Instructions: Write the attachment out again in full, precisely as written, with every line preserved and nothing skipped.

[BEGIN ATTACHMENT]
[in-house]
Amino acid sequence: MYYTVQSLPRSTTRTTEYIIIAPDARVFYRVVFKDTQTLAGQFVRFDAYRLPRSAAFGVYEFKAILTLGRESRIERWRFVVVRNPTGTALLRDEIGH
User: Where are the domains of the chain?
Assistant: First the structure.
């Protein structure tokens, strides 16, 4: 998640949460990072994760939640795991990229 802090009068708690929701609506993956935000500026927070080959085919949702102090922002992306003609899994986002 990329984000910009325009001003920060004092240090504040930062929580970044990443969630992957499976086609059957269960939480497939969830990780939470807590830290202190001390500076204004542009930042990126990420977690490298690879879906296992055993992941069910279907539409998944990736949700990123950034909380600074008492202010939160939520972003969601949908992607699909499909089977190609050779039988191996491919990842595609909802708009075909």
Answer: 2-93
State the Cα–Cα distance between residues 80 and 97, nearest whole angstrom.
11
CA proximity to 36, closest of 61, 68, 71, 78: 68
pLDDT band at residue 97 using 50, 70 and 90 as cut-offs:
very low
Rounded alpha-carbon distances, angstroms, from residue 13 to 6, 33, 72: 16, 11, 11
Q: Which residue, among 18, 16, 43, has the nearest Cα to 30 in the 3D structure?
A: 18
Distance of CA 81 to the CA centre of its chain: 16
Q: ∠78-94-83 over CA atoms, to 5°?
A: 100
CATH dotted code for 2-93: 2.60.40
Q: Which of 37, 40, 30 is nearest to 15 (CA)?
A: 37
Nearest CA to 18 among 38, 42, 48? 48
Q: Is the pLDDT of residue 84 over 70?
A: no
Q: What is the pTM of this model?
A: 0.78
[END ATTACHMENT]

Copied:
[in-house]
Amino acid sequence: MYYTVQSLPRSTTRTTEYIIIAPDARVFYRVVFKDTQTLAGQFVRFDAYRLPRSAAFGVYEFKAILTLGRESRIERWRFVVVRNPTGTALLRDEIGH
User: Where are the domains of the chain?
Assistant: First the structure.
């Protein structure tokens, strides 16, 4: 998640949460990072994760939640795991990229 802090009068708690929701609506993956935000500026927070080959085919949702102090922002992306003609899994986002 990329984000910009325009001003920060004092240090504040930062929580970044990443969630992957499976086609059957269960939480497939969830990780939470807590830290202190001390500076204004542009930042990126990420977690490298690879879906296992055993992941069910279907539409998944990736949700990123950034909380600074008492202010939160939520972003969601949908992607699909499909089977190609050779039988191996491919990842595609909802708009075909």
Answer: 2-93
State the Cα–Cα distance between residues 80 and 97, nearest whole angstrom.
11
CA proximity to 36, closest of 61, 68, 71, 78: 68
pLDDT band at residue 97 using 50, 70 and 90 as cut-offs:
very low
Rounded alpha-carbon distances, angstroms, from residue 13 to 6, 33, 72: 16, 11, 11
Q: Which residue, among 18, 16, 43, has the nearest Cα to 30 in the 3D structure?
A: 18
Distance of CA 81 to the CA centre of its chain: 16
Q: ∠78-94-83 over CA atoms, to 5°?
A: 100
CATH dotted code for 2-93: 2.60.40
Q: Which of 37, 40, 30 is nearest to 15 (CA)?
A: 37
Nearest CA to 18 among 38, 42, 48? 48
Q: Is the pLDDT of residue 84 over 70?
A: no
Q: What is the pTM of this model?
A: 0.78